Money isn't MUN's only problem: infrastructure woes reveal safety concerns
Leaks, cracks, fading facade, makeshift fixes among the issues plaguing buildings
MUN's aging infrastructure problems aren't simply cosmetic — as evidenced by MUN's vice-president of academic Noreen Golfman's recent description of the institution as a "pathetic, physical plant."
As the university grapples with less money from the province to operate, CBC News got an up-close look during a tour at some of the safety issues plaguing MUN's buildings.
One trouble spot is a massive concrete mural over the main entrance to the education building.
"We're having pieces fall off," said Jeff Boland, Director of Operations and Maintenance, Department of Facilities Management.
"As a precautionary measure, over each entrance to the building we've put a wooden porch, a canopy. Just so that when people are going in and out of the building, if something should fall off, then at least the patrons of the building are protected," said Boland.
A dramatic fix is also needed at an entrance to the main science building.
Water leaking in through the building's exterior wall is diverted and collected using temporary chutes made of tarps, plastic, duct tape and garbage buckets — and it's been like that for over three years.
"We're just trying to direct it out of the way, to a point where it's not raining down on anybody, or not really creating a safety hazard," said Boland.
"We're forced into doing something in the short term to ensure safety ... But we don't have the money to do the permanent fixes that we need to do," said Boland.
"We're faced with a significant problem."
The university currently takes money allocated for other things to pay for these health and safety fixes.
Multi-million dollar fixes
A complete overhaul of education building's exterior is needed — work similar in scope to the facade renovation on the exterior of Confederation Building.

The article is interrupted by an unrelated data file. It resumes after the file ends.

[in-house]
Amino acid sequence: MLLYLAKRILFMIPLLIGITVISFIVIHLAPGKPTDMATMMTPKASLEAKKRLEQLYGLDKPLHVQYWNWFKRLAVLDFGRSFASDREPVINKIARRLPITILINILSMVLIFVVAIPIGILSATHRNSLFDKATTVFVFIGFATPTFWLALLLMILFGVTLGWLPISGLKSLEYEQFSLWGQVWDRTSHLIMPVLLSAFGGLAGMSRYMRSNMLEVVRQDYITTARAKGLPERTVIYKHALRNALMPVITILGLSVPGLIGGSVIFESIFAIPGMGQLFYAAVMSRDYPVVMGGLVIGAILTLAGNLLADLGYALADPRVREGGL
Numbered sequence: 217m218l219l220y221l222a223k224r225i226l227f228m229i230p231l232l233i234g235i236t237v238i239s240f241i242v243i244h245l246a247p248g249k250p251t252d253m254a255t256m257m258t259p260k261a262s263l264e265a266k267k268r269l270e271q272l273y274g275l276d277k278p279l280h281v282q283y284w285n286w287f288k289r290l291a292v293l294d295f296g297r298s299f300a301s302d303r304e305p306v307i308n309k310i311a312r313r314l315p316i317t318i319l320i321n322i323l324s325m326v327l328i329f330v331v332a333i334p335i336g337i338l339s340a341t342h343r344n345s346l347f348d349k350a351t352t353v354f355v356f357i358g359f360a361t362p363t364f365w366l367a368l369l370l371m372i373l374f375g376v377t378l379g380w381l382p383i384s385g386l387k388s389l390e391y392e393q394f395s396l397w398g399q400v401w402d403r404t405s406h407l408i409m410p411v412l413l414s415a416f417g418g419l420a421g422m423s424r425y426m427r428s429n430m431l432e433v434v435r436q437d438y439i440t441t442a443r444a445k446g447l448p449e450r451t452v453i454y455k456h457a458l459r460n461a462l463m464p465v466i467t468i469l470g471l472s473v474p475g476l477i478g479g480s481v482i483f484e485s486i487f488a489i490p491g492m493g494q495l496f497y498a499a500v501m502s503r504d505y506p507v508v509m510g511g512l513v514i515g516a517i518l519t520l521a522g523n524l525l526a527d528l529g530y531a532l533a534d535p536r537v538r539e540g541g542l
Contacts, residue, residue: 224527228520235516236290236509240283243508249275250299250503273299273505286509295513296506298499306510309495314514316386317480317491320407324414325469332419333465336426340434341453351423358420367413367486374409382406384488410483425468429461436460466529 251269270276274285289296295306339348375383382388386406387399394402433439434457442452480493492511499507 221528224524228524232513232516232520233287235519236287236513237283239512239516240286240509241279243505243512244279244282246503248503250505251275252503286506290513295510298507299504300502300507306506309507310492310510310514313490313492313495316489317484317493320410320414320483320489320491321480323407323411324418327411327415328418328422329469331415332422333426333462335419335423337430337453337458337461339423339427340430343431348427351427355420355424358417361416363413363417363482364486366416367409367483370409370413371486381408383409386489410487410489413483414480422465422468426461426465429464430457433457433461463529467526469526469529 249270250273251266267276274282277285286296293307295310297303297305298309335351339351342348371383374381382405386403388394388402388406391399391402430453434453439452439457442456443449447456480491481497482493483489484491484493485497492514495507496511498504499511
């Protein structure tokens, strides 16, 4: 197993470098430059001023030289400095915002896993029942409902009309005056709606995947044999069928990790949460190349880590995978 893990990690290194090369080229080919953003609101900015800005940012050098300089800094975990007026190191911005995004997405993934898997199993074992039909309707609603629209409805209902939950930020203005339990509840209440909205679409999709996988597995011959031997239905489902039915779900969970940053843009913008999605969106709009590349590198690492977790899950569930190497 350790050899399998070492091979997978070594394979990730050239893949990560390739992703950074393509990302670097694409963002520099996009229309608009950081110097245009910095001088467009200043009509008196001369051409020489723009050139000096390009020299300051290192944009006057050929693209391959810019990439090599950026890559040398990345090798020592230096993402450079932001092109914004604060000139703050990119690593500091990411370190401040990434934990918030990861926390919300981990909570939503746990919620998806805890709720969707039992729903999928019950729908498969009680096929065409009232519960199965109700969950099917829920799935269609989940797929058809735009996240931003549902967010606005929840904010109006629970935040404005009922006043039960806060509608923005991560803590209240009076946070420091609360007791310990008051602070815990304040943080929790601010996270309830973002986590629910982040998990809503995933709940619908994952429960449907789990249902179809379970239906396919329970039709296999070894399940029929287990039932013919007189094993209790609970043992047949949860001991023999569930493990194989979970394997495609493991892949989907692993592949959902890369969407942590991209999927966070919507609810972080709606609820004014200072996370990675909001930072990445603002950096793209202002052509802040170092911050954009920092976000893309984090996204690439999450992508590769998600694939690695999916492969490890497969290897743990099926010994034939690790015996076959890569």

An optimistic estimate puts the price of the facelift at about $25 million.
Similar work is needed on the the chemistry-physics building, too.
The hallway leading to the president's office is peppered with square and rectangle patchwork covers of various sizes, over cracks in the plaster on the walls.
The cracks are covered with a plastic membrane in order to enclose the asbestos in the plaster to prevent it from going airborne.
"It's a temporary fix. The permanent fix would be to shut down this area, to scrape all the walls and get the plaster material off and put a different coating on there," said Boland.
It's estimated it would take about $500 million, or in that range, to repair MUN's infrastructure.
"We're talking about the quality and condition of facilities where young people come to learn and get educated," said Boland.
The university's aging buildings in St. John's, Harlow and the Marine Institute is a small piece of the infrastructure pie.
The campus in St. John's is a city within a city, meaning MUN is responsible for water and sewer mains, street paving, fire hydrant flushing, and sidewalk/curb and street light repairs.
While Newfoundland Power provides electricity to the university's substation,it's MUN that is responsible for the high voltage distribution to all the buildings including the Health Sciences Centre.
That's in addition to MUN's Utilities Annex, which also delivers heating water to numerous campus buildings and to the Health Sciences Centre.